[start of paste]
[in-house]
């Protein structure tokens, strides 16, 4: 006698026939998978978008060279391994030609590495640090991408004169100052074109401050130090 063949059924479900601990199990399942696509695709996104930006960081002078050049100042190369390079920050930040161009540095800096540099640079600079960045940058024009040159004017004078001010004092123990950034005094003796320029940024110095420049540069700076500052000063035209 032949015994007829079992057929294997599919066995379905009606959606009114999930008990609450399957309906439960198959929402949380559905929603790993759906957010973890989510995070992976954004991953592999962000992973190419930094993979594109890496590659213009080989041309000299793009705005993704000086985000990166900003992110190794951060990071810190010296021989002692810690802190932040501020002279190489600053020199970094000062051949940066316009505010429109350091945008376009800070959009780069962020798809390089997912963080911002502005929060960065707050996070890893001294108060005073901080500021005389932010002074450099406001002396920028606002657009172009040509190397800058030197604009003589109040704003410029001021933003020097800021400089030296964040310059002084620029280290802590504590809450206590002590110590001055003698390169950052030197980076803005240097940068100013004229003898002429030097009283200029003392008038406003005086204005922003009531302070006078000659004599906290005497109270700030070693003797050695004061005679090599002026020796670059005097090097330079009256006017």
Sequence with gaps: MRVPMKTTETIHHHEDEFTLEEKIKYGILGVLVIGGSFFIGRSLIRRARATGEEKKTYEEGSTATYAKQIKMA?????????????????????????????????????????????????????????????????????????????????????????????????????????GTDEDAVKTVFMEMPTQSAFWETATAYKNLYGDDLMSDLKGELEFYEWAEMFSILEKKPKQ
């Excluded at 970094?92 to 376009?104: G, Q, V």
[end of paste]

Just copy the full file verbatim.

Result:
[in-house]
């Protein structure tokens, strides 16, 4: 006698026939998978978008060279391994030609590495640090991408004169100052074109401050130090 063949059924479900601990199990399942696509695709996104930006960081002078050049100042190369390079920050930040161009540095800096540099640079600079960045940058024009040159004017004078001010004092123990950034005094003796320029940024110095420049540069700076500052000063035209 032949015994007829079992057929294997599919066995379905009606959606009114999930008990609450399957309906439960198959929402949380559905929603790993759906957010973890989510995070992976954004991953592999962000992973190419930094993979594109890496590659213009080989041309000299793009705005993704000086985000990166900003992110190794951060990071810190010296021989002692810690802190932040501020002279190489600053020199970094000062051949940066316009505010429109350091945008376009800070959009780069962020798809390089997912963080911002502005929060960065707050996070890893001294108060005073901080500021005389932010002074450099406001002396920028606002657009172009040509190397800058030197604009003589109040704003410029001021933003020097800021400089030296964040310059002084620029280290802590504590809450206590002590110590001055003698390169950052030197980076803005240097940068100013004229003898002429030097009283200029003392008038406003005086204005922003009531302070006078000659004599906290005497109270700030070693003797050695004061005679090599002026020796670059005097090097330079009256006017």
Sequence with gaps: MRVPMKTTETIHHHEDEFTLEEKIKYGILGVLVIGGSFFIGRSLIRRARATGEEKKTYEEGSTATYAKQIKMA?????????????????????????????????????????????????????????????????????????????????????????????????????????GTDEDAVKTVFMEMPTQSAFWETATAYKNLYGDDLMSDLKGELEFYEWAEMFSILEKKPKQ
């Excluded at 970094?92 to 376009?104: G, Q, V």